Rhabdocline Needlecast of Douglas Fir


Rhabdocline Needlecast is a fungus that affects only Douglas Fir. Since Douglas Fir is commonly sold for use as a Christmas tree, the fungus has the ability to plague nurseries which grow these trees for holiday sale. The fungus can turn a healthy Fir into a sickly-looking tree, often convincing the homeowner that it has died.


Symptoms of the disease can be spotted in early May. Discoloration of the needles begins near the base of the tree first. Infected needles will have one or more yellow spots which then turn purplish-brown and are apparent on both the top and bottom surface of the needle. The previous years needles are infected. Eventually, the older needles fall off in the spring and summer, leaving the trees with only one year’s worth of growth.


Just before budbreak, the infected spots on the needle swell and split open in preparation for release of the infectious spores. Once the fruiting bodies rupture, orange spore-bearing tissue will protrude from the undersurface of the needle during damp conditions. When the tissue turns black, spore production and release is complete.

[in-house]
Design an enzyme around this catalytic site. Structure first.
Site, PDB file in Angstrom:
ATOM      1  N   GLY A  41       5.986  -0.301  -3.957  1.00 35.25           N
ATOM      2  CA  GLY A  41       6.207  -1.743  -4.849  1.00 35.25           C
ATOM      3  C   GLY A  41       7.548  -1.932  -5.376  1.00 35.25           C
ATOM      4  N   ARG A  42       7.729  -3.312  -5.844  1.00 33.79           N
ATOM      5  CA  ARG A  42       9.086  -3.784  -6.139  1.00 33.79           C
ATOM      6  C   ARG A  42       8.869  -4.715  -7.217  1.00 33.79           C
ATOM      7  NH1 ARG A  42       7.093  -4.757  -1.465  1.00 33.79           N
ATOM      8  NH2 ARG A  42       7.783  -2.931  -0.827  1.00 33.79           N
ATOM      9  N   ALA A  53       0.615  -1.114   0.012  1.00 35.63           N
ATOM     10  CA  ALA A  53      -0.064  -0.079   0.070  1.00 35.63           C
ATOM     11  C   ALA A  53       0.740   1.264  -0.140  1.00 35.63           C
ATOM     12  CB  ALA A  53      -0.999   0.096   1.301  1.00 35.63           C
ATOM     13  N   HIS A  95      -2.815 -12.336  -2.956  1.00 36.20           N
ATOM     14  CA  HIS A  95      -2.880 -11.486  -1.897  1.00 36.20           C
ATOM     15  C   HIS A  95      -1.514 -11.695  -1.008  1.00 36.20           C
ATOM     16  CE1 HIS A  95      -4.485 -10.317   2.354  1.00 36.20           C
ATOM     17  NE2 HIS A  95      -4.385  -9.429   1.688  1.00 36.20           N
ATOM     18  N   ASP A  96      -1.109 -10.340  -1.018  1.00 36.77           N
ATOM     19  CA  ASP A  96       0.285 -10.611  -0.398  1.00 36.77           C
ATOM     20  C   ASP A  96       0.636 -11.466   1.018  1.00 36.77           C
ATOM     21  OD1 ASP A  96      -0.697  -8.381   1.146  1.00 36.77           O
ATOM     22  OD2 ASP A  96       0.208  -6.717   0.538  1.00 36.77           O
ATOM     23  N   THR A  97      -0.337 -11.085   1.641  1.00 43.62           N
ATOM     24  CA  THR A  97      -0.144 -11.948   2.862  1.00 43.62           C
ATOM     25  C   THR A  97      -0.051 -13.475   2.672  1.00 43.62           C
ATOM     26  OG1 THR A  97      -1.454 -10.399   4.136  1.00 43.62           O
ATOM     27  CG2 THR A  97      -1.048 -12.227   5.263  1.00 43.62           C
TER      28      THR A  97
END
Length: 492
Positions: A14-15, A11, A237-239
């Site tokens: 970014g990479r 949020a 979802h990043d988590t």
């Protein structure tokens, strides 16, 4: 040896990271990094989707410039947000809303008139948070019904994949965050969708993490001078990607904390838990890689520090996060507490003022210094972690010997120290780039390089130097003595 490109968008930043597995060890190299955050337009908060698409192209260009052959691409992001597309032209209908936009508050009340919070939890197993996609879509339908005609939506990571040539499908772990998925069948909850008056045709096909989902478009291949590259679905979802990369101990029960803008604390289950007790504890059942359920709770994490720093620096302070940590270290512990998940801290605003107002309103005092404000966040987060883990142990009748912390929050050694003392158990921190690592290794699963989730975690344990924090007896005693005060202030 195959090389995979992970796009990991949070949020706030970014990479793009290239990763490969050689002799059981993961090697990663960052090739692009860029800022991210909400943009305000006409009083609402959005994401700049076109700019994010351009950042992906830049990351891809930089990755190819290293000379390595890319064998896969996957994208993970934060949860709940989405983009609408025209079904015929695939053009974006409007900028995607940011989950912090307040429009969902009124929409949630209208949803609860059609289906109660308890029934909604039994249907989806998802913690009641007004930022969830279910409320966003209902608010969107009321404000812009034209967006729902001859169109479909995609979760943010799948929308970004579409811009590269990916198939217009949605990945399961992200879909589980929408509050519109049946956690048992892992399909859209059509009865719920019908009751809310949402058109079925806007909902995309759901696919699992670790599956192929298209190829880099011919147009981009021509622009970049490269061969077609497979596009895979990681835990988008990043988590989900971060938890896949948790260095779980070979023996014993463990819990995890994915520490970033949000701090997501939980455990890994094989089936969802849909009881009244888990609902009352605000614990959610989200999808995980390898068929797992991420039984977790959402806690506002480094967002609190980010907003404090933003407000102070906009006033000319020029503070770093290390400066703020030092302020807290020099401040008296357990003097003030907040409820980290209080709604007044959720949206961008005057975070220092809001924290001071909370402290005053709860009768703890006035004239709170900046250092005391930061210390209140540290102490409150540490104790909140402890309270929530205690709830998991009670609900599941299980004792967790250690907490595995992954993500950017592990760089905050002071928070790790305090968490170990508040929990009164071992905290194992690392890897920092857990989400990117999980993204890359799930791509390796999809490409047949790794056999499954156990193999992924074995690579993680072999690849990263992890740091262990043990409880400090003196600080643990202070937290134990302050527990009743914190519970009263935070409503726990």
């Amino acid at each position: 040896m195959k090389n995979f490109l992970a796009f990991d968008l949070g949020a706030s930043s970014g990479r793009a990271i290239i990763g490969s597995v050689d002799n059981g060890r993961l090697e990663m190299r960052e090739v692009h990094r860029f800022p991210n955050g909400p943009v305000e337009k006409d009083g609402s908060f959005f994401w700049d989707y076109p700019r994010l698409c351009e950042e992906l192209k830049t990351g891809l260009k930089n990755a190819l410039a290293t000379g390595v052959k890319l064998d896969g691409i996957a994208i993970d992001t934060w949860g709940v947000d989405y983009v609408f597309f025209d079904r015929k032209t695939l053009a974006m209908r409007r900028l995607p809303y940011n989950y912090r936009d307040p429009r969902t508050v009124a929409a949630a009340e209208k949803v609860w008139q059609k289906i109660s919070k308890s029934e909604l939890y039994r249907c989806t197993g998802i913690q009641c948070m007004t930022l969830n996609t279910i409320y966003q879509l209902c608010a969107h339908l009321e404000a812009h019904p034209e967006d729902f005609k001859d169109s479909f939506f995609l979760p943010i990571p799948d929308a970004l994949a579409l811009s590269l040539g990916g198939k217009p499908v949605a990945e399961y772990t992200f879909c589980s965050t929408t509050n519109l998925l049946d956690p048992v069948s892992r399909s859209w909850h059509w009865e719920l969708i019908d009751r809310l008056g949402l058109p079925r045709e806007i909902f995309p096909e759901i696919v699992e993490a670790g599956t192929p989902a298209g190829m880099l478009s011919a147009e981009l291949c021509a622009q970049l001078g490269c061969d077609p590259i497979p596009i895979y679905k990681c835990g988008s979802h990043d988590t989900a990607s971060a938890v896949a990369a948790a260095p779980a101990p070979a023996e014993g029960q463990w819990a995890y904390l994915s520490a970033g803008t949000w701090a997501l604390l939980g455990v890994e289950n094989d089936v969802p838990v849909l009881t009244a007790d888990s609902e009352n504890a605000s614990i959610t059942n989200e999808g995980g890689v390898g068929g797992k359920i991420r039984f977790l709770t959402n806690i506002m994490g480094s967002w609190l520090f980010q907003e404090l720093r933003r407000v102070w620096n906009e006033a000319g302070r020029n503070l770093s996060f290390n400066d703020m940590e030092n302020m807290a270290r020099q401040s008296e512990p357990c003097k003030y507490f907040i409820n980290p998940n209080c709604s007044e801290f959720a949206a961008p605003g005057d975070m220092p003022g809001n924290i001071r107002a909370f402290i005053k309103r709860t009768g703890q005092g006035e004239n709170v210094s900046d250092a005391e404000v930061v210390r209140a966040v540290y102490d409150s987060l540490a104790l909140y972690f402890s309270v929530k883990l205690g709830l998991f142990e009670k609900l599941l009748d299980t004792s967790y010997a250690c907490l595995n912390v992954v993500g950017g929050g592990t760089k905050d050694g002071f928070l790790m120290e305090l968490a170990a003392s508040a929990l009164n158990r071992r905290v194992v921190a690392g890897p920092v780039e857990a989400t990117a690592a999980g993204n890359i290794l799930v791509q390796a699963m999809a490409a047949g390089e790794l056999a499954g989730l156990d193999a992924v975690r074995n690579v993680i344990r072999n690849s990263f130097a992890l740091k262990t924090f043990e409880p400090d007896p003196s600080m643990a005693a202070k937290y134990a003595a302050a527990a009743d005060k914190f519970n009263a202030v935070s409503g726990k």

Two to three fungicide applications are generally recommended. The first should be made close to budbreak or when the new growth is no longer than ½ inch long. Repeat applications should be made at 2-3 week intervals after the first application. To help control spread, keep good air flow between trees and keep weeds low to allow for good air circulation. The fungus favors damp conditions.